John Wiswell

No one should argue the importance Dune. It laid the foundations for a great deal of the themes and constructs in modern science fiction. Frank Herbert was as important to the genre as Isaac Asimov and Arthur Clarke. Unfortunately, just like them, he's quite dated, and his books can be a labor to read. One thing he maintained from old science fiction was prim and scientific dialogue that no one would ever actually speak. I've known many scientists, and they don't talk like this. You're not going to convince me a child does.The stuffy dialogue is inserted into even stuffier narrative, until it feels like nothing is organic about Herbert's prose. This is a terrible tragedy when you've got a world that he put so much effort into building - and it is an amazing feat of world-building, technically interplanetary building. But unlike J.R.R. Tolkien, who he is so frequently compared to, Herbert didn't make sure to include a great story in his world. Instead he included a story that frequently illustrated how clunky an artificial world can be, even if it's lovingly crafted. I struggled to attach or find interest in anyone, yet they're more archetypes than human beings, whose logic races past modern skepticism and whose dialogue is cloyingly artificial, the way people cared for the Hobbits, Dwarves and Rangers. In his world-building, Tolkien at least saved himself from being dated by antedating himself, and even with his illuminated prose, wrought more characteristics in just one protagonist than all of Dune's cast. Even the political intrigue Herbert tries to fall back on was overdone in the Spy genre decades before he started this book. All fans of the "Genre" genres should appreciate Herbert's massive contributions, but they shouldn't pretend to enjoy the books if they don't, and they should be wary of certain pitfalls typical of science fiction that survived into his landmark work.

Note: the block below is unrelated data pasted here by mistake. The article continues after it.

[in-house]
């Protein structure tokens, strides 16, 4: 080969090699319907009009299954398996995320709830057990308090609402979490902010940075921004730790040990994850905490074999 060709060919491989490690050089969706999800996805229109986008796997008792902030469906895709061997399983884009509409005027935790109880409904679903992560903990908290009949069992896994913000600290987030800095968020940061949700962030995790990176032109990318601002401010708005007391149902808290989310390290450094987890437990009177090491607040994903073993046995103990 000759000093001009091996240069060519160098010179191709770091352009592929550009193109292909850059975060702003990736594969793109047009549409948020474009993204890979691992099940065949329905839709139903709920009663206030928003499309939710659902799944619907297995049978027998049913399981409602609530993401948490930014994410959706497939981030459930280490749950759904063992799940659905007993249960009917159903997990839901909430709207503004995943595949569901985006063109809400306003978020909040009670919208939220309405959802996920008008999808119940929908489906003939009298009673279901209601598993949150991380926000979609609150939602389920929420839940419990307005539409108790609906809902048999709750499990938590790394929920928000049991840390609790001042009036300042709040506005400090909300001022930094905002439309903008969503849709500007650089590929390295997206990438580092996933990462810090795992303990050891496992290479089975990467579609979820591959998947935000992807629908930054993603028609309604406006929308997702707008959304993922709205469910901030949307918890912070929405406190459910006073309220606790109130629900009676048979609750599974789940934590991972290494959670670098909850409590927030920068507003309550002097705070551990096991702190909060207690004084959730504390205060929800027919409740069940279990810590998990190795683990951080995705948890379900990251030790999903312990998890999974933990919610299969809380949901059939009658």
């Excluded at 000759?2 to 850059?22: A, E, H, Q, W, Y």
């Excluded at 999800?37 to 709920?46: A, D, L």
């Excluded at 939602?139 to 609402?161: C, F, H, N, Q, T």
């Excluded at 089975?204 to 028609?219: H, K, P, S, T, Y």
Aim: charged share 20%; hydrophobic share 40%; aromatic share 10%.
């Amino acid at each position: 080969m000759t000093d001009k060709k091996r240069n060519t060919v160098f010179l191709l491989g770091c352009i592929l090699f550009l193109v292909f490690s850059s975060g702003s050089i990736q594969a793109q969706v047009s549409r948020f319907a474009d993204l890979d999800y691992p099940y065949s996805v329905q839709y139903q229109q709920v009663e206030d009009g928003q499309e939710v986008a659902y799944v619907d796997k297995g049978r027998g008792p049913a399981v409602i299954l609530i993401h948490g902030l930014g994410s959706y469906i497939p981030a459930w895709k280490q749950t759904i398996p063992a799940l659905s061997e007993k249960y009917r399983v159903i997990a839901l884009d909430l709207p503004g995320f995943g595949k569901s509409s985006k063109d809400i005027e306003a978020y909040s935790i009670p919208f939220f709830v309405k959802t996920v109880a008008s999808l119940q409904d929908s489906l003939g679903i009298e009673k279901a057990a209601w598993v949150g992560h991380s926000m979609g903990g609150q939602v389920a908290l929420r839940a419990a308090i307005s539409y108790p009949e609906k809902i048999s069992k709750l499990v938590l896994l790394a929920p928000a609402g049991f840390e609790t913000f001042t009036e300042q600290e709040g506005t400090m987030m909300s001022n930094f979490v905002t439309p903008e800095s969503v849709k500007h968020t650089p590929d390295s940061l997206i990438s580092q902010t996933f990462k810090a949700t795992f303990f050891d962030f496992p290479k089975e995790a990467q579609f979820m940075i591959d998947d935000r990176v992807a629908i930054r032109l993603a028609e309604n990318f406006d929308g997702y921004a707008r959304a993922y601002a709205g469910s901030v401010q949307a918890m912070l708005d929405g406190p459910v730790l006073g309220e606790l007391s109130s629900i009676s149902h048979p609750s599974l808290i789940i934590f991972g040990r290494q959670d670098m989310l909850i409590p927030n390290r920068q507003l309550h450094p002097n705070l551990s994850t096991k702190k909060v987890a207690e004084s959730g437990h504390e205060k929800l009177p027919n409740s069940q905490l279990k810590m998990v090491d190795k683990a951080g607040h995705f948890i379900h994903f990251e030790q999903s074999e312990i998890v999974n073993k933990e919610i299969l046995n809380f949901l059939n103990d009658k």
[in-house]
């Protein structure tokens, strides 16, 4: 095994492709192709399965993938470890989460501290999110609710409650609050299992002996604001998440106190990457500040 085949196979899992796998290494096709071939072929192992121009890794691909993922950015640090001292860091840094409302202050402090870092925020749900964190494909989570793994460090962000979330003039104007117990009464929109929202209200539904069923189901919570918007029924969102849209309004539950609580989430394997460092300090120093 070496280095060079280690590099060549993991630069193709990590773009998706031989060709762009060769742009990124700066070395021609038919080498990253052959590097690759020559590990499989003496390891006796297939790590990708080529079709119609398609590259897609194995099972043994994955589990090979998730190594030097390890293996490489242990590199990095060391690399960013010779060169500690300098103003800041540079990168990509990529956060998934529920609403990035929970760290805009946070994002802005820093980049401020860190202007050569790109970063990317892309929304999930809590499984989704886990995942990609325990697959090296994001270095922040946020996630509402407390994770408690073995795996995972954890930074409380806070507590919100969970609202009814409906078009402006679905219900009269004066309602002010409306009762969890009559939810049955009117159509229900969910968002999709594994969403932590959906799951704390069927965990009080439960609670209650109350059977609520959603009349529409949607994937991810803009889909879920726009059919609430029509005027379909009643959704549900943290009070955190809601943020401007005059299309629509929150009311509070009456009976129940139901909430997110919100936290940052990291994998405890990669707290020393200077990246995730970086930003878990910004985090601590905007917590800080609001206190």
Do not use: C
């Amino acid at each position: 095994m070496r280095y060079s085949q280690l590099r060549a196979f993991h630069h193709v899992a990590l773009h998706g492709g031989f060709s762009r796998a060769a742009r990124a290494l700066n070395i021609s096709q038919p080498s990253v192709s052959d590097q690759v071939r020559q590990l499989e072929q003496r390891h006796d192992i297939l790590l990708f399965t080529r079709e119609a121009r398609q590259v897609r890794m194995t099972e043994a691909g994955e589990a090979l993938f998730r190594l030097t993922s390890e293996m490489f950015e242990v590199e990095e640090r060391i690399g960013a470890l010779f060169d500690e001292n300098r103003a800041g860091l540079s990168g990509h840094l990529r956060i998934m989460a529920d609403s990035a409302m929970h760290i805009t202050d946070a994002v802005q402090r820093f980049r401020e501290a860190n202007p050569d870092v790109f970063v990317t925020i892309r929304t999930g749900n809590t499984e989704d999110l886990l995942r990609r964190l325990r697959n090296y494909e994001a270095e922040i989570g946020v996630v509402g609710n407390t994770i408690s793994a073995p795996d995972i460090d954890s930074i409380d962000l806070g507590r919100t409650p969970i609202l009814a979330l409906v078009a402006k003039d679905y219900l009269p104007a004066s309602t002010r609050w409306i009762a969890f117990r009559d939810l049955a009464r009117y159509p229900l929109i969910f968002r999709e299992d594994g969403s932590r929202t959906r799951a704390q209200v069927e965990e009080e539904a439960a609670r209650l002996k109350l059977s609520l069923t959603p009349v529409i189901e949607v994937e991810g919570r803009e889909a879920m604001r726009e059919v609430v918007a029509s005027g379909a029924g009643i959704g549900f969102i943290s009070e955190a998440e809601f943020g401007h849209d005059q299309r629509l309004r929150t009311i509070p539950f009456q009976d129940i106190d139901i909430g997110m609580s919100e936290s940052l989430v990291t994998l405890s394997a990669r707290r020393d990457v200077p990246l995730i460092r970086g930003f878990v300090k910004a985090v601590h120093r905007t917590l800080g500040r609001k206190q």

How I Read Dune and Was Unenthused; or, George R.R. Martin Ruins EverythingIf I had read this as a teenager or as a young collegiate man, I probably would have given this book five stars. It's got a rich fictional world that blends sci-fi and fantasy elements. It's got an action-packed(ish) plot, but it also has a lot to say about politics, religion, ecology, et cetera. It's what I would have liked then.But I didn't read it then; I read it now, in 2013 as a still fairly young, but starting to feel my age as I near the almost-thirtieth year, especially when I look in the mirror at my hair (which keeps marching further up my scalp to expose my pale dome) and my stomach (which is currently imitating the undulating quality of a bowl full of jelly). I read it as an adult who has read George R.R. Martin's A Song of Ice and Fire series, the current pinnacle of fantasy writing.Dune and A Song of Ice and Fire have many similarities and it was impossible for me not to compare the two. Each feature ruling families who find themselves in the middle of a mess of political intrigue, assassination, sex, poison, et cetera. Herbert wrote giant sand worms; Martin wrote dragons. They both wrote characters with telepathic powers. They both wrote complicated religions and dynasties with their respective hundreds of years of history and mythology. They both even share the willingness to kill of important characters for seemingly no reason.The thing is (and I must declare that this is simply my humble opinion), Martin does everything better than Herbert. Martin brings characters to life and makes you love them or loathe them. Herbert didn't do that for me at all. All of the characters in Dune felt either like robots or like the dullards you find in the cubicle next to you who think it's still hilarious to greet you with a "wasssssss uuuppppp". Dune has a lot of head, but no heart. And while there's a lot in the plot, it all feels very plodding. A plodding plot that ends with a whimper, not a bang.But I still gave it three stars. So it's not terrible. I just don't understand the hype.